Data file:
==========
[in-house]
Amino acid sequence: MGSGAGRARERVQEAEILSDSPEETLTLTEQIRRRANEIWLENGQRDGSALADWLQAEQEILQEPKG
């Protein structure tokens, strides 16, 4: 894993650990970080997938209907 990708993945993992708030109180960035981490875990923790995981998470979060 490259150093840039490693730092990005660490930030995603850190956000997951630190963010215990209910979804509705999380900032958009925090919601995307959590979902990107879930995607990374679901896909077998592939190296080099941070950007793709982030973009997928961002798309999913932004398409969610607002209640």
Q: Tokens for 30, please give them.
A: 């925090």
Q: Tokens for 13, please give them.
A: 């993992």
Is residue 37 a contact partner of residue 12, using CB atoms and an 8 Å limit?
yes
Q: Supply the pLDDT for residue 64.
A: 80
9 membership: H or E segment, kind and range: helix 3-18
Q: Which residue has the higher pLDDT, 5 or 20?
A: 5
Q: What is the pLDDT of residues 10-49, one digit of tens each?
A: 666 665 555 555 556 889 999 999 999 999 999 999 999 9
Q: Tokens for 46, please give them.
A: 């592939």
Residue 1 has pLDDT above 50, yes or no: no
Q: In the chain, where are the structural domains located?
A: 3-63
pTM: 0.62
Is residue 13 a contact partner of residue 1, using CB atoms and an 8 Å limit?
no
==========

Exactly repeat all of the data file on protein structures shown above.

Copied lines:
[in-house]
Amino acid sequence: MGSGAGRARERVQEAEILSDSPEETLTLTEQIRRRANEIWLENGQRDGSALADWLQAEQEILQEPKG
């Protein structure tokens, strides 16, 4: 894993650990970080997938209907 990708993945993992708030109180960035981490875990923790995981998470979060 490259150093840039490693730092990005660490930030995603850190956000997951630190963010215990209910979804509705999380900032958009925090919601995307959590979902990107879930995607990374679901896909077998592939190296080099941070950007793709982030973009997928961002798309999913932004398409969610607002209640």
Q: Tokens for 30, please give them.
A: 């925090």
Q: Tokens for 13, please give them.
A: 């993992």
Is residue 37 a contact partner of residue 12, using CB atoms and an 8 Å limit?
yes
Q: Supply the pLDDT for residue 64.
A: 80
9 membership: H or E segment, kind and range: helix 3-18
Q: Which residue has the higher pLDDT, 5 or 20?
A: 5
Q: What is the pLDDT of residues 10-49, one digit of tens each?
A: 666 665 555 555 556 889 999 999 999 999 999 999 999 9
Q: Tokens for 46, please give them.
A: 């592939």
Residue 1 has pLDDT above 50, yes or no: no
Q: In the chain, where are the structural domains located?
A: 3-63
pTM: 0.62
Is residue 13 a contact partner of residue 1, using CB atoms and an 8 Å limit?
no